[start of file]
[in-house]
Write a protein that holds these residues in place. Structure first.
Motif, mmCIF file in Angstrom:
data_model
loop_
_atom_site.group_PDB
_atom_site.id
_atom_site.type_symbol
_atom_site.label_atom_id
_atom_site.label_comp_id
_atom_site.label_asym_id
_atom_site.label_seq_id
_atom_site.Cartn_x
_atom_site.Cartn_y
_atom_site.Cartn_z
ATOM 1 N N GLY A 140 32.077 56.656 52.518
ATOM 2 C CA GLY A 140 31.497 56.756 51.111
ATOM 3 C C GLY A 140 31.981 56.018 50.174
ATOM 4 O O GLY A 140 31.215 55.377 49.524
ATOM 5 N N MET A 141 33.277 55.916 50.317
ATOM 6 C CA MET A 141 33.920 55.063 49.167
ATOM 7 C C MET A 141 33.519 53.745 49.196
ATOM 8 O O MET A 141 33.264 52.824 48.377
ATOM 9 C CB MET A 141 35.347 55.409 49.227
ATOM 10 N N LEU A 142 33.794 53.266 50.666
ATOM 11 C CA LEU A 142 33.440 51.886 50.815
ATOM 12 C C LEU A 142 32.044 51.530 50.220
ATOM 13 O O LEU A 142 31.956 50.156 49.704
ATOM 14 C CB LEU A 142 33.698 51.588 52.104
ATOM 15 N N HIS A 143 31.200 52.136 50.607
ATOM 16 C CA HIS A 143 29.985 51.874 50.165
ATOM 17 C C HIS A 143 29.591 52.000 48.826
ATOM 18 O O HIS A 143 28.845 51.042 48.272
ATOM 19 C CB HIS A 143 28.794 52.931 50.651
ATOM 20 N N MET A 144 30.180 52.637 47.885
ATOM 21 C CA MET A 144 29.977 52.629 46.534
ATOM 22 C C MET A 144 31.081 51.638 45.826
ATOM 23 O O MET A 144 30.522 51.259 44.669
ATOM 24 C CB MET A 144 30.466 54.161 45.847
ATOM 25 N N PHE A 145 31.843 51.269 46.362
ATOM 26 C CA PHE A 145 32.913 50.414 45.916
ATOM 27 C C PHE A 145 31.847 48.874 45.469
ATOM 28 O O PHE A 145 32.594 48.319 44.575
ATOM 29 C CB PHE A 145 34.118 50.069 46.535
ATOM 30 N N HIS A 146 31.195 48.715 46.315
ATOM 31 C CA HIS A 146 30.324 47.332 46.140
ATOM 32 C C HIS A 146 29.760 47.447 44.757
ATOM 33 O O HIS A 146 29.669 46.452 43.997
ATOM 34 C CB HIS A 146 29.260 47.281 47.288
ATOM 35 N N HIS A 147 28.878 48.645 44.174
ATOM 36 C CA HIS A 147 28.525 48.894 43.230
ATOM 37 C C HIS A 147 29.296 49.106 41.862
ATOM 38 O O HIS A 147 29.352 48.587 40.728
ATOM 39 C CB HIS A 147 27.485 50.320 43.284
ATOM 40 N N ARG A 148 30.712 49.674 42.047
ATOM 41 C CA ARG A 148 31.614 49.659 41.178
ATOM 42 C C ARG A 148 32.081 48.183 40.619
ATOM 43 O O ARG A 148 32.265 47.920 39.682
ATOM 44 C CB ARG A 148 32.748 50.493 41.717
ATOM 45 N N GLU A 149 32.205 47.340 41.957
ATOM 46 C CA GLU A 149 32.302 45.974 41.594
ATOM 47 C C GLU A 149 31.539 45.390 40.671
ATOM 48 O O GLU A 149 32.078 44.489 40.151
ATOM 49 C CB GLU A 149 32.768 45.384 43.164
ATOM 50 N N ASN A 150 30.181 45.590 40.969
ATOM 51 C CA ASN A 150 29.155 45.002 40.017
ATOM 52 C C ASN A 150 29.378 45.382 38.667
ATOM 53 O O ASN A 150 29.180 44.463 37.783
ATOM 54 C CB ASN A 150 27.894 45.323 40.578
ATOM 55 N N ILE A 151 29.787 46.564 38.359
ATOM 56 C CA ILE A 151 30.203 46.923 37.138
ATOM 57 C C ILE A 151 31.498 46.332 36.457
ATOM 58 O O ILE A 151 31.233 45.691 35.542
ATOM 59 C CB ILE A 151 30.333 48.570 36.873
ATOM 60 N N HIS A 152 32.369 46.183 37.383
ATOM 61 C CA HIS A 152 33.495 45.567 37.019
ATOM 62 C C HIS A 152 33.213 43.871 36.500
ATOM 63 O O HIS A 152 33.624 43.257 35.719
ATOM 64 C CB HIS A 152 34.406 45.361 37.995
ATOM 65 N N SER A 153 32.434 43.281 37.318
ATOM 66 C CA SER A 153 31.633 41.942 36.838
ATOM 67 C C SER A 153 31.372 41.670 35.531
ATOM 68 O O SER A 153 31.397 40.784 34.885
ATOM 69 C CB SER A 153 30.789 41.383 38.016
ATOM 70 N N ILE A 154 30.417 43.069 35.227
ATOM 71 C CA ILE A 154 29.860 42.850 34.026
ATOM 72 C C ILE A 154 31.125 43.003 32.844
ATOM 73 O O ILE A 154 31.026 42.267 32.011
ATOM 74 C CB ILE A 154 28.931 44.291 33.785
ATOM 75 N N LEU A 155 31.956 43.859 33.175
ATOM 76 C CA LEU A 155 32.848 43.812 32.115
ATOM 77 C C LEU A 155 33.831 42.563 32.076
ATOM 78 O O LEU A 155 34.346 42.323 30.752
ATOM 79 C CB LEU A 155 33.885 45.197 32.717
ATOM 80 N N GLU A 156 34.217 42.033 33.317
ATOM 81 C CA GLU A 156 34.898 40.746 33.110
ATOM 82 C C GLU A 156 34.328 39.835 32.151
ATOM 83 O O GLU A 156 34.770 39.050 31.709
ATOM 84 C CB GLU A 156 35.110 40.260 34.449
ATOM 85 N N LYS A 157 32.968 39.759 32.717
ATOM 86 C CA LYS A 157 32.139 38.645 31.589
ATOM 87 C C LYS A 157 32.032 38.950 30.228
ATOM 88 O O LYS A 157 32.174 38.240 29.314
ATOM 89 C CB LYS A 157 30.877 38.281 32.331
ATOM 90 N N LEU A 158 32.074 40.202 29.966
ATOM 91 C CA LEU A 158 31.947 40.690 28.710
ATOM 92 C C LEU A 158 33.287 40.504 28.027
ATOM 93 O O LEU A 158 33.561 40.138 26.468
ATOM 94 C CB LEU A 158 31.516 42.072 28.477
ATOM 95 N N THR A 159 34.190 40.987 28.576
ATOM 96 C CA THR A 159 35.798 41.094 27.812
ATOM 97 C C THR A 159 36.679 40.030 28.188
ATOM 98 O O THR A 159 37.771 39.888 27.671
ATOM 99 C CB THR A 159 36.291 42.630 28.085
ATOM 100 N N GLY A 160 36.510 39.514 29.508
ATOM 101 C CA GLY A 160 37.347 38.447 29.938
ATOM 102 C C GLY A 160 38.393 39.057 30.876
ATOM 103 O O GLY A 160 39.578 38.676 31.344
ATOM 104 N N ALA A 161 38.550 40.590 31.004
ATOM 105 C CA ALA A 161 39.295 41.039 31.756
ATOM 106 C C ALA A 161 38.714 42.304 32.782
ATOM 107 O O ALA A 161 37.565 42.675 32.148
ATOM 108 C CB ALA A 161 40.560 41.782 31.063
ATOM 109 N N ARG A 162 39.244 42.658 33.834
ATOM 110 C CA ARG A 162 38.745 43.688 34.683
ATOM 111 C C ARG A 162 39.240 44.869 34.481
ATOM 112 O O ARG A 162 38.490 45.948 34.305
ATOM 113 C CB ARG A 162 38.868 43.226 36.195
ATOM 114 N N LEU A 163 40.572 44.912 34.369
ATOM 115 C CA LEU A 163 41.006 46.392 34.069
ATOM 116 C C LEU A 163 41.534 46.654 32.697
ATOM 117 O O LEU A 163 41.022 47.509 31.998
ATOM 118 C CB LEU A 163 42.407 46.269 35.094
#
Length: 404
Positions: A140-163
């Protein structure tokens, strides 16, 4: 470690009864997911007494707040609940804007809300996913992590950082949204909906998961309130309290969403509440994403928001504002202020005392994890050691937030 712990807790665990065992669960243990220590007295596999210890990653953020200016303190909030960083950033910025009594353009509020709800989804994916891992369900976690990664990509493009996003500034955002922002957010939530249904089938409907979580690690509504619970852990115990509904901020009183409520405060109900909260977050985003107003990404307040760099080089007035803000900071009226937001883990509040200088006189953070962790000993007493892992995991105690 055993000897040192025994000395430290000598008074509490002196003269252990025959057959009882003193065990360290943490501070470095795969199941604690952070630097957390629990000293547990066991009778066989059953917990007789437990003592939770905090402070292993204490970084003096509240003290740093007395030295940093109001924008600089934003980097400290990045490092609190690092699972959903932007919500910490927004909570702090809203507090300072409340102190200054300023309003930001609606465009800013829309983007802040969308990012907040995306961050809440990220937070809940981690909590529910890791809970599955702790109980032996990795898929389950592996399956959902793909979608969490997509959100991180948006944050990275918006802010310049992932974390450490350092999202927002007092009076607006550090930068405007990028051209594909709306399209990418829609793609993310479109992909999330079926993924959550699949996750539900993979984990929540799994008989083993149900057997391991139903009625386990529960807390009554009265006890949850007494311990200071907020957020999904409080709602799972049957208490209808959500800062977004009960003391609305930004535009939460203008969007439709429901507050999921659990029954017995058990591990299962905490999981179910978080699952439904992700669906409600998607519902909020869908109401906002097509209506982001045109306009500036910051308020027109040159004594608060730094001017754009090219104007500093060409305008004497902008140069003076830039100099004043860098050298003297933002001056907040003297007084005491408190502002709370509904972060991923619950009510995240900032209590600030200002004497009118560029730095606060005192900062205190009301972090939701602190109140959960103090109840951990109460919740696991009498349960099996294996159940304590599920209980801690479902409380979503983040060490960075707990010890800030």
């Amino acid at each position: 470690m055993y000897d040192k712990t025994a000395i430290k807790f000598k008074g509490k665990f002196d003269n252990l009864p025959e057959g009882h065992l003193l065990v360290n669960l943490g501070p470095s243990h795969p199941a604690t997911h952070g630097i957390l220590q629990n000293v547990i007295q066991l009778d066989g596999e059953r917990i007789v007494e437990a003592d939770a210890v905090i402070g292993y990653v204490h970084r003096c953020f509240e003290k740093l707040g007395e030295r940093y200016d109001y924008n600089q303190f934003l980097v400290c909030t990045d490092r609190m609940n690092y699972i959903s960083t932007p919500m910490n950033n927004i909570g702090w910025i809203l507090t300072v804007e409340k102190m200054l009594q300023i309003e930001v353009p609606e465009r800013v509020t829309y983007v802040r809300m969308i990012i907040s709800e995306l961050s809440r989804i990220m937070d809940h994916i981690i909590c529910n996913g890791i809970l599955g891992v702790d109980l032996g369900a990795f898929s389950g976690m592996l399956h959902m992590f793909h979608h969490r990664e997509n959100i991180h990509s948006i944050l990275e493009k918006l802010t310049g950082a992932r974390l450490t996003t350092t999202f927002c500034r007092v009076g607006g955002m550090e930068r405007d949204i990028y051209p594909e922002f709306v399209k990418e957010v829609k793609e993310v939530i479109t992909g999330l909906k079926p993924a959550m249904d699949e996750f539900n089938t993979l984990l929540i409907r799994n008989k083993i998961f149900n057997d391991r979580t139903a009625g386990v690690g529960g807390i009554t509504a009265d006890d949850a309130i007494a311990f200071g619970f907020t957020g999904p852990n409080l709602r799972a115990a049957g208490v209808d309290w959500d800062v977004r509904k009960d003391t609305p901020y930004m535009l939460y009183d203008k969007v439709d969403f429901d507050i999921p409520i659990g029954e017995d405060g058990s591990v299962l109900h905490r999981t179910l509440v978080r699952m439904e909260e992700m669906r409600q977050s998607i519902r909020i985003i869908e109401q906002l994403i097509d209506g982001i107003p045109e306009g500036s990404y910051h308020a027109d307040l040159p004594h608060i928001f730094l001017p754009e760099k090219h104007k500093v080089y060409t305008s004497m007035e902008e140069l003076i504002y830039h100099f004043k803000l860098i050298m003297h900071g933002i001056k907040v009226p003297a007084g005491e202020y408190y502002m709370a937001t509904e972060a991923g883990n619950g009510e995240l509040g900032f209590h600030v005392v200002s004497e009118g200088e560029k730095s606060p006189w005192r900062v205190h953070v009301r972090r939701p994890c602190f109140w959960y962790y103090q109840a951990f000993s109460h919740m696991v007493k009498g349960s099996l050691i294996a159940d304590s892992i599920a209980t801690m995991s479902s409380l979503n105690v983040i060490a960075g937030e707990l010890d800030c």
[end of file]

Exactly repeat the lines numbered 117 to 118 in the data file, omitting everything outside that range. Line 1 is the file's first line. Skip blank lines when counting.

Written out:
ATOM 102 C C GLY A 160 38.393 39.057 30.876
ATOM 103 O O GLY A 160 39.578 38.676 31.344